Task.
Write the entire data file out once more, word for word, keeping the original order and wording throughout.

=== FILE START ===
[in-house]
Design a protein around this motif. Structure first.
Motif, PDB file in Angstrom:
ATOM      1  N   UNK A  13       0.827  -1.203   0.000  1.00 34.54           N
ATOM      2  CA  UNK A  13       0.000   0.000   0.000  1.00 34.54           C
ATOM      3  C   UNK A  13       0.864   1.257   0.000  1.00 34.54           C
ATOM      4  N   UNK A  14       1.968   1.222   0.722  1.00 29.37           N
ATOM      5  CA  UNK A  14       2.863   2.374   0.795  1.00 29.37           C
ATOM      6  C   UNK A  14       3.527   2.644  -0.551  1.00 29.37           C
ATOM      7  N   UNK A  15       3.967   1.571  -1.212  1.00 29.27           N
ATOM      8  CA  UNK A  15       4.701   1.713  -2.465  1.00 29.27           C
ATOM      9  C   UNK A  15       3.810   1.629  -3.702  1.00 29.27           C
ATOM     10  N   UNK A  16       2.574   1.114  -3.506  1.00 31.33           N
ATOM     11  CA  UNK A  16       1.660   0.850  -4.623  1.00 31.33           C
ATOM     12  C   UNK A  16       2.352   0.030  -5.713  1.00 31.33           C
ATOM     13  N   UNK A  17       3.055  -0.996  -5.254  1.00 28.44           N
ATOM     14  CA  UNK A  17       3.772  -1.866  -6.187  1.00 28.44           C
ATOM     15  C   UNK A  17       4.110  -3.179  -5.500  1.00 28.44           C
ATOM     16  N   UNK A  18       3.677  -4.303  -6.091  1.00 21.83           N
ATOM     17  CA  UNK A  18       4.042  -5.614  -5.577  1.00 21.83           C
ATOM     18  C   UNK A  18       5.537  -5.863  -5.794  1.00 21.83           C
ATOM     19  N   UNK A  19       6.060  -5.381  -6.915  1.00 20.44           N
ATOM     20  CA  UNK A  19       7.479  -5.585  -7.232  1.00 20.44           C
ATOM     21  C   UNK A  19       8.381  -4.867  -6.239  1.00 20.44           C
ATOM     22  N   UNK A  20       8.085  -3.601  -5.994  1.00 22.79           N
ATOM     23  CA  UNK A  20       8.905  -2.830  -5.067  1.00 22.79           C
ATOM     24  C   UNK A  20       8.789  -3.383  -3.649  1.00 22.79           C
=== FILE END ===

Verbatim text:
[in-house]
Design a protein around this motif. Structure first.
Motif, PDB file in Angstrom:
ATOM      1  N   UNK A  13       0.827  -1.203   0.000  1.00 34.54           N
ATOM      2  CA  UNK A  13       0.000   0.000   0.000  1.00 34.54           C
ATOM      3  C   UNK A  13       0.864   1.257   0.000  1.00 34.54           C
ATOM      4  N   UNK A  14       1.968   1.222   0.722  1.00 29.37           N
ATOM      5  CA  UNK A  14       2.863   2.374   0.795  1.00 29.37           C
ATOM      6  C   UNK A  14       3.527   2.644  -0.551  1.00 29.37           C
ATOM      7  N   UNK A  15       3.967   1.571  -1.212  1.00 29.27           N
ATOM      8  CA  UNK A  15       4.701   1.713  -2.465  1.00 29.27           C
ATOM      9  C   UNK A  15       3.810   1.629  -3.702  1.00 29.27           C
ATOM     10  N   UNK A  16       2.574   1.114  -3.506  1.00 31.33           N
ATOM     11  CA  UNK A  16       1.660   0.850  -4.623  1.00 31.33           C
ATOM     12  C   UNK A  16       2.352   0.030  -5.713  1.00 31.33           C
ATOM     13  N   UNK A  17       3.055  -0.996  -5.254  1.00 28.44           N
ATOM     14  CA  UNK A  17       3.772  -1.866  -6.187  1.00 28.44           C
ATOM     15  C   UNK A  17       4.110  -3.179  -5.500  1.00 28.44           C
ATOM     16  N   UNK A  18       3.677  -4.303  -6.091  1.00 21.83           N
ATOM     17  CA  UNK A  18       4.042  -5.614  -5.577  1.00 21.83           C
ATOM     18  C   UNK A  18       5.537  -5.863  -5.794  1.00 21.83           C
ATOM     19  N   UNK A  19       6.060  -5.381  -6.915  1.00 20.44           N
ATOM     20  CA  UNK A  19       7.479  -5.585  -7.232  1.00 20.44           C
ATOM     21  C   UNK A  19       8.381  -4.867  -6.239  1.00 20.44           C
ATOM     22  N   UNK A  20       8.085  -3.601  -5.994  1.00 22.79           N
ATOM     23  CA  UNK A  20       8.905  -2.830  -5.067  1.00 22.79           C
ATOM     24  C   UNK A  20       8.789  -3.383  -3.649  1.00 22.79           C